Plane and Solid Geometry Formulas Prepared by: RTFVerterra

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Prepared by: RTFVerterra
Plane and Solid Geometry Formulas
ASIAN
DEVELOPMENT
FOUNDATION
COLLEGE
Tacloban City
The content of this material is one
of the intellectual properties of
Engr. Romel Tarcelo F. Verterra of
Asian Development Foundation
College.
Reproduction of this
copyrighted material without
consent of the author is punishable
by law.
(s − a)(s − b)(s − c)(s − d) − abcdcos2 θ
A=
a+b+c+d
2
∠A + ∠C
∠B + ∠D
θ=
or θ =
2
2
s=
A = ½ ab sin B + ½ cd sin D
Parallelogram
D
a
Given diagonals d1 and d2 and included
angle θ:
A = ½ d1 × d2 × sin θ
A = ab sin A
C
Rhombus
D
d1
A
b
d2
a
90°
B
Given base b and altitude h
A = ½ bh
Given three sides a, b, and c: (Hero’s
Formula)
Given three angles A, B, and C and one
side a:
a 2 sin B sin C
A=
2 sin A
Trapezoid
h
a+b
h
A=
2
b
Cyclic Quadrilateral
b
d1
d2
Area =
D
a
d
A
d
a
Perimeter, P = 4a
a
Diagonal, d = a 2
General quadrilateral
b
C
B
Arc C = r × θradians =
πrθ
180°
Area = ½ r2 θradians =
πr 2 θ
360°
d
Given diagonals d1 and d2 and included
angle θ:
A = ½ d1 × d2 × sin θ
θ
r
θ5
β5
θ2
θ6
θ1
β1
β6
Polygons are classified according to the number
of sides. The following are some names of
polygons.
3 sides
4 sides
5 sides
6 sides
7 sides
8 sides
9 sides
=
=
=
=
=
=
=
triangle
quadrangle or quadrilateral
pentagon
hexagon
heptagon or septagon
octagon
nonagon
r
θ
θr = angle in radians
b
AT
AT
AT
ra =
; rc =
; rb =
s −b
s−a
s−c
Circle circumscribed about a quadrilateral
A circle is
circumscribed
about a
quadrilateral if it
passes through
the vertices of
the quadrilateral.
b
r c
a
d
(ab + cd)(ac + bd)(ad + bc )
4 A quad
( s − a)(s − b)(s − c )(s − d)
Circle incribed in a quadrilateral
b
A circle is
inscribed in a
quadrilateral
r
if it is tangent
to the three
a
sides of the
quadrilateral.
2
bh
3
A quad
s
c
d
;
s = ½(a + b + c + d)
abcd
SOLID GEOMETRY
α = 360 - θ
r θ r
POLYHEDRONS
A polyhedron is a closed solid whose faces are
polygons.
h
Ellipse
b
Area = π a b
Perimeter, P
P = 2π
c
a
r
Parabolic segment
Area =
A circle is escribed about a triangle if it is
tangent to one side and to the prolongation of
the other two sides. A triangle has three
escribed circles.
Aquad =
O
Area = Asector + Atriangle
Area = ½ r2 αr + ½ r2 sin θ
Area = ½ r2 (αr + sin θ)
C
b
Circles escribed about a triangle
(Excircles)
r=
C
Area = Asector – Atriangle
Area = ½ r2 θr – ½ r2 sin θ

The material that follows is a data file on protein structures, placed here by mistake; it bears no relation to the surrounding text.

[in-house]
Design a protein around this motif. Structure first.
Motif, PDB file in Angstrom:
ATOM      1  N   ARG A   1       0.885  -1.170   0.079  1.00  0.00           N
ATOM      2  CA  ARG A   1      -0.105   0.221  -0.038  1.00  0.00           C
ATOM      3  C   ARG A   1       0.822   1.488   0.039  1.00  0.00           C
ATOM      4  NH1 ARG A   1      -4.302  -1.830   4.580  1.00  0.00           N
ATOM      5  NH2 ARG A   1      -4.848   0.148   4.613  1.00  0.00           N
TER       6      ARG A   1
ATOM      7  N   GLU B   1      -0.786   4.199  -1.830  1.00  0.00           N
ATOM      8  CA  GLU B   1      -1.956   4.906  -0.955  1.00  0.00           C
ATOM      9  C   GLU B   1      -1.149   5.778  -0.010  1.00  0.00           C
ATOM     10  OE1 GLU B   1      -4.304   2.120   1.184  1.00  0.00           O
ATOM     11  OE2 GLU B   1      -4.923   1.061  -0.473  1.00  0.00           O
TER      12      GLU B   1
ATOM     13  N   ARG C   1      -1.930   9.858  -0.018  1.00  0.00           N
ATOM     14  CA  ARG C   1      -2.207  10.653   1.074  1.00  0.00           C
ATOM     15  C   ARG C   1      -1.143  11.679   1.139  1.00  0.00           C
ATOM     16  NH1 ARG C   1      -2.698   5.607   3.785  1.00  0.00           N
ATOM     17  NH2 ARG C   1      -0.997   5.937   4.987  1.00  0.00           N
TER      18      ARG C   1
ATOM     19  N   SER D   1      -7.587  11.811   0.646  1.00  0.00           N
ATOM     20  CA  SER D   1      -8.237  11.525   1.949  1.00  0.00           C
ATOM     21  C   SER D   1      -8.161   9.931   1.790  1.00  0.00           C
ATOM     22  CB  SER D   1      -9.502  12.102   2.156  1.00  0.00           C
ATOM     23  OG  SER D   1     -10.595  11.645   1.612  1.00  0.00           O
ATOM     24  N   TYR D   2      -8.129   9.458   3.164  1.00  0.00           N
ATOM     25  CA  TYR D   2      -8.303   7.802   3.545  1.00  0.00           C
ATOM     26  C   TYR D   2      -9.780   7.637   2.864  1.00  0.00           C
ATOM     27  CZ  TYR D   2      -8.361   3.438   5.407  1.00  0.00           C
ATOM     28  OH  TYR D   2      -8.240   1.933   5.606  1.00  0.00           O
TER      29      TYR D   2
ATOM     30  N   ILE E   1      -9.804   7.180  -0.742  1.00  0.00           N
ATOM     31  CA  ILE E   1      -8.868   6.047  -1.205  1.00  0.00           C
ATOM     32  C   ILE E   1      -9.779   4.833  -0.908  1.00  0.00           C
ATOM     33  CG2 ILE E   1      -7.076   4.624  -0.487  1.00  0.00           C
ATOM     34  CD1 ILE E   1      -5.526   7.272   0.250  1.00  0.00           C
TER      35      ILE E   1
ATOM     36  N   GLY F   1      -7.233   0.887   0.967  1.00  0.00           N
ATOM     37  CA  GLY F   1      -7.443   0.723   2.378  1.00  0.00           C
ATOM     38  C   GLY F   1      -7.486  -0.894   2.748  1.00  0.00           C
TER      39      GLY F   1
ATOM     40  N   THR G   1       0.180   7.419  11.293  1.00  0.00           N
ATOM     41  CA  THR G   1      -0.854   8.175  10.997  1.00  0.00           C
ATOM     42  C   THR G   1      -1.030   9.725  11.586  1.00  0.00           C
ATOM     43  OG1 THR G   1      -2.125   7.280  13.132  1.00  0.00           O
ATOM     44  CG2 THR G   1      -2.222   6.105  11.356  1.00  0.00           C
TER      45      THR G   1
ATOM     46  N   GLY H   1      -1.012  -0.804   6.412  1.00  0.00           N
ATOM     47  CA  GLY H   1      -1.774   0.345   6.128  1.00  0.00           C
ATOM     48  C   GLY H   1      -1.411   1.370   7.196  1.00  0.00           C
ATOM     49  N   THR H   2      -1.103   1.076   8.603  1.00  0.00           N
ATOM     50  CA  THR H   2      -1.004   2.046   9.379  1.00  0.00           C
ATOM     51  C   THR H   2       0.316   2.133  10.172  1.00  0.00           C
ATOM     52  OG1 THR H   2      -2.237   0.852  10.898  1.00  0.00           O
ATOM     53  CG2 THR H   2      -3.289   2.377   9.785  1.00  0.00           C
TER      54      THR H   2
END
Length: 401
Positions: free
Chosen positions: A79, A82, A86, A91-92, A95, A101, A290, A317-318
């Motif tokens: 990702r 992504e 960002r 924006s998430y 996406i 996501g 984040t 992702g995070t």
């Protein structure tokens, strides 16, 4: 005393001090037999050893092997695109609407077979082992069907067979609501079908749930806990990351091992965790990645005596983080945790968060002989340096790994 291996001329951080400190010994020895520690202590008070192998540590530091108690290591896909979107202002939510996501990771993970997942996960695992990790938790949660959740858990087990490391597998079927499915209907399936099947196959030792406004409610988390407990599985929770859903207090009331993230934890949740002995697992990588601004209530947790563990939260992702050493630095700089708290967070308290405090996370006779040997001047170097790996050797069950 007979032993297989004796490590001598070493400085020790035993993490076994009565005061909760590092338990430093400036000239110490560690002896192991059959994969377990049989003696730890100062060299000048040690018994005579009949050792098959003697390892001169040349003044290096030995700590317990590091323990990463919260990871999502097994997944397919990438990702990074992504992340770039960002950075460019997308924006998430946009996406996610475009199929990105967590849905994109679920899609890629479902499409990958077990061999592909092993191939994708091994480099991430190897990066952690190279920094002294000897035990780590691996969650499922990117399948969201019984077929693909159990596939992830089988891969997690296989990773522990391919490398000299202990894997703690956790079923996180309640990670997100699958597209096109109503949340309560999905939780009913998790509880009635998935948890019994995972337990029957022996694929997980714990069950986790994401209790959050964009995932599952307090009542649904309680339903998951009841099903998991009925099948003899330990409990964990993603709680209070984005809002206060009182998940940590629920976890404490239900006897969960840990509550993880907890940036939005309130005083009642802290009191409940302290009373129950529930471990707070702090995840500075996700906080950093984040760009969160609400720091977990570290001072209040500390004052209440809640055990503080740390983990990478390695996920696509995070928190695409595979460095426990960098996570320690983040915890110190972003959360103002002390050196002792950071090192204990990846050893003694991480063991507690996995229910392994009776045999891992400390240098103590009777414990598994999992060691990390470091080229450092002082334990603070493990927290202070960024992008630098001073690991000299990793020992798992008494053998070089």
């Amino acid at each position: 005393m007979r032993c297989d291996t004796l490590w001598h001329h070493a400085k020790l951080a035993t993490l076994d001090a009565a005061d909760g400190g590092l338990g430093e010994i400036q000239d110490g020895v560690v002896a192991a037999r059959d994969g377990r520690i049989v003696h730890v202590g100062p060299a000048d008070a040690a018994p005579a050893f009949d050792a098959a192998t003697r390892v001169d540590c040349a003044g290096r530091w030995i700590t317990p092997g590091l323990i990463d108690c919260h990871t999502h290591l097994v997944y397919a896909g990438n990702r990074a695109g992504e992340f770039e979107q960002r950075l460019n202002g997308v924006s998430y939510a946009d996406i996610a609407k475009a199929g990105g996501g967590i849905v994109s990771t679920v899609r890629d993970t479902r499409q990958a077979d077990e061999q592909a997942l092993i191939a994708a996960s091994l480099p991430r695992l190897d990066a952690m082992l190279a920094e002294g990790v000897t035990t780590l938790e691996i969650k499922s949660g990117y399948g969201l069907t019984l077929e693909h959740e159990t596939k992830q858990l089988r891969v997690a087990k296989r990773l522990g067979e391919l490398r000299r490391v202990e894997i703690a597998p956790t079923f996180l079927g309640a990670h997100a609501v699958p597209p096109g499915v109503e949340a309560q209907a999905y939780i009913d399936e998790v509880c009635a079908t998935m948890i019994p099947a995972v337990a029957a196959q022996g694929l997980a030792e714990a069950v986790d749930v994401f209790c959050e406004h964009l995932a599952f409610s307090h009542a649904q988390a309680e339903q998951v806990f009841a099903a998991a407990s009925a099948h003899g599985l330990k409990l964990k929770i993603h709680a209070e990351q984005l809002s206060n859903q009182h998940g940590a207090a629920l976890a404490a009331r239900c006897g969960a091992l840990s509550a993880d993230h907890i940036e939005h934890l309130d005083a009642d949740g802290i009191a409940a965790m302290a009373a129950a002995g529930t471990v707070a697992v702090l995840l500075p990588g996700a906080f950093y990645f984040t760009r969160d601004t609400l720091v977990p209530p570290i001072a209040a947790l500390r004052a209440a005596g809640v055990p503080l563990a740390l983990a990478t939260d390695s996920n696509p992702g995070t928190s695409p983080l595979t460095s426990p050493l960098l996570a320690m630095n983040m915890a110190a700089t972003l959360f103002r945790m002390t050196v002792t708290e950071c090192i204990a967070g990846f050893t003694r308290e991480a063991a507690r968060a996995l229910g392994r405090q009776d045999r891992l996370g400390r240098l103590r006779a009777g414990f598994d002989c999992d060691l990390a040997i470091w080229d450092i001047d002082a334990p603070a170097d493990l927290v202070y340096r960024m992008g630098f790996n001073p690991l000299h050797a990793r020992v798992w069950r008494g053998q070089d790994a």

Area = ½ r2 (θr – sin θ)
r
r
A
O
Segment of a circle
β2
D
C
r
a
r
D
There are two basic types of polygons, a convex
and a concave polygon. A convex polygon is
one in which no side, when extended, will pass
inside the polygon, otherwise it called concave
polygon. The following figure is a convex
polygon.
β4
θ4
β3
d1
d2
r
Note: 1 radian is the angle θ such that C = r.
θ3
c
s = ½(a + b + c + d)
POLYGONS
c
θ
AT
s
s = ½(a + b + c)
r=
Aquad =
Area = ½ C × r
Area, A = a2
Circle inscribed in a triangle (Incircle)
A circle is inscribed in a triangle if it is tangent to
the three sides of the triangle.
B
Incenter of
the triangle
r=
Sector of a circle
Diagonal, d = a 2 + b 2
A
Perimeter, P = n × x
n−2
× 180°
Interior angle =
n
Exterior angle = 360° / n
Circumference = 2π r = πD
π 2
Area, A = π r2 =
D
4
( s − a)( s − b)( s − c )( s − d)
“For any cyclic quadrilateral, the product of the
diagonals equals the sum of the products of the
opposite sides”
d1 × d2 = ac + bd
Square
abc
4A T
ra
Circle
Ptolemy’s theorem
Perimeter, P = 2(a + b)
c
b
ra
Area, A = ½ R2 sin θ × n = ½ x r × n
c
a+b+c+d
s=
2
b
r=
r
a
ra
θ = 360° / n
C
B
∠A + ∠C = 180°
∠B + ∠D = 180°
Rectangle
a
Circumcenter
of the triangle
Inscribed
circle
x = side
θ = angle subtended by the side from the
center
R = radius of circumscribing circle
r = radius of inscribed circle, also called the
apothem
n = number of sides
a
A cyclic
quadrilateral is a
quadrilateral
whose vertices
lie on the
circumference of
a circle.
x
x
A = a2 sin A
The area under this condition can also be
solved by finding one side using sine law and
apply the formula for two sides and included
angle.
d
A circle is circumscribed about a triangle if it
passes through the vertices of the triangle.
x
Apothem
x
Given side a and one angle A:
a+b+c
2
The area under this condition can also be
solved by finding one angle using cosine law
and apply the formula for two sides and
included angle.
a
R
R
θ
θ
θ
r
θ θ
A = ½ d1 × d2
s( s − a)(s − b)(s − c )
Area, A = ab
Polygons whose sides are equal are called
equilateral polygons. Polygons with equal
interior angles are called equiangular polygons.
Polygons that are both equilateral and
equiangular are called regular polygons. The
area of a regular polygon can be found by
considering one segment, which has the form of
an isosceles triangle.
Circumscribing
x
circle
x
A
a
Regular polygons
Given diagonals d1 and d2:
Given two sides a and b and included
angle θ:
A = ½ ab sin θ
s=
b
Given two sides a and b and one angle A:
θ
A=
d2
θ
A
B
C
Circle circumscribed about a triangle
(Cicumcircle)
Number of diagonals, D
The diagonal of a polygon is the line
segment joining two non-adjacent sides.
The number of diagonals is given by:
n
D = (n − 3)
2
C
d1
PLANE AREAS
h
RADIUS OF CIRCLES
AT = area of the triangle
PLANE GEOMETRY
a
decagon
undecagon
dodecagon
quindecagon
hexadecagon
Sum of exterior angles
The sum of exterior angles β is equal to
360°.
∑β = 360°
Divide the area into two triangles
B
c
=
=
=
=
=
Sum of interior angles
The sum of interior angles θ of a polygon
of n sides is: